The impacts of climate change are most visible in the dramatic changes occurring to the planet’s freshwater resources. Reduced water availability will be one of the key impacts of climate change for many world regions and people. – World Wildlife Fund
The global challenge is how to meet the water demands of an estimated 8 billion people by 2025 while protecting the ecosystems that support life on the planet. We must share water—with nature and with each other. – National Geographic Society Freshwater Initiative
Freshwater is drinkable water. Unlike ocean water, freshwater has a very low concentration of dissolved salts. It is found in rivers, streams, lakes, ponds, groundwater, springs, floodplains, and wetlands. It is crucial for life. Did you know, however, that only 3 percent of the earth’s water is fresh, and two-thirds of that is inaccessible to humans, frozen in glaciers and polar ice caps?
It is easy for many people, especially those of us in the United States, to take freshwater for granted; obtaining a glass of water may be as simple as turning on a faucet in your home, making the flow of water appear limitless. For many people around the globe, however, including in Burkina Faso, freshwater is difficult to come by; it is an invaluable, prized, and expensive commodity.
In Ouagadougou, Burkina Faso, for example, the city often suffers water shortages, especially during the driest months of May, June, and July. Only about a quarter of city residents have access to private taps, and most residents must obtain water from vendors at very high prices. In addition, most households rely on pit latrines for toilet facilities, and are responsible for their own waste-water management, leading to poor sanitary conditions throughout the city.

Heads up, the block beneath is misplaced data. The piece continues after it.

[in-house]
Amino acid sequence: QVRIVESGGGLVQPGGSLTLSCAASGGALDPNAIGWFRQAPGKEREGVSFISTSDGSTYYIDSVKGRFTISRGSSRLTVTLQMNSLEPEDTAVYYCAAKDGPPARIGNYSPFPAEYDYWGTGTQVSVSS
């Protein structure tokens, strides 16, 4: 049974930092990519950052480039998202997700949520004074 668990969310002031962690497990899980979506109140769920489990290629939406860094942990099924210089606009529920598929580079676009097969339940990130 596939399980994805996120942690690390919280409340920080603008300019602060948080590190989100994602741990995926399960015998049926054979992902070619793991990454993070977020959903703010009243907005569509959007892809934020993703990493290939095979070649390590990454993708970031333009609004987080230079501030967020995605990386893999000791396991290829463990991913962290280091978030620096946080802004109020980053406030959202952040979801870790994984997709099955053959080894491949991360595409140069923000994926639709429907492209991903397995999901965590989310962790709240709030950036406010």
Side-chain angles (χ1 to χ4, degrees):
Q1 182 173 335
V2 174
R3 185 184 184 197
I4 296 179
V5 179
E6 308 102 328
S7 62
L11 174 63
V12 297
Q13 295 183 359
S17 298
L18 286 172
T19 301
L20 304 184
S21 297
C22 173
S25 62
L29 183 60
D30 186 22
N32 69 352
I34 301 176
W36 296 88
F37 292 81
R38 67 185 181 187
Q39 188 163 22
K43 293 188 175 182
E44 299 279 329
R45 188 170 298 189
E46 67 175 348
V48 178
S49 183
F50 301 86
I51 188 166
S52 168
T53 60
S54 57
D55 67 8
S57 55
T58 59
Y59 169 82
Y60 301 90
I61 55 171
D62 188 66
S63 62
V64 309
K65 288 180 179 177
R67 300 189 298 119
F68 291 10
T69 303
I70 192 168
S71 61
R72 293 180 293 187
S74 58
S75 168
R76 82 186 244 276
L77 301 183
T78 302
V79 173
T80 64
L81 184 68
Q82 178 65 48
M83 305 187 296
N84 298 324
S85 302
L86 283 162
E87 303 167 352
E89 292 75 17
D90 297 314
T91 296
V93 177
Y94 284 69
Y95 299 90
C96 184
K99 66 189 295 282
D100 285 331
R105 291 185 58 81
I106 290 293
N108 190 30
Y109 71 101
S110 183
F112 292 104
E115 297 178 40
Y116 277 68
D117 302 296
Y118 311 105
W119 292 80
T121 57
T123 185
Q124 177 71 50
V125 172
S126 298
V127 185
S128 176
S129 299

In rural areas and in outlying areas of large cities like Ouagadougou, access to clean drinking water and hygiene and sanitary facilities is even more severely limited, contributing to a high incidence of waterborne diseases and a high child mortality rate. Lack of access to freshwater has also at times incited local conflict over how to best manage available water sources, and could in the future lead to population redistribution, political instability, and more pronounced regional conflict.
VIDEO: Women Lead the Way. Details a self-help sanitation project supported by political and traditional leaders in Burkina Faso.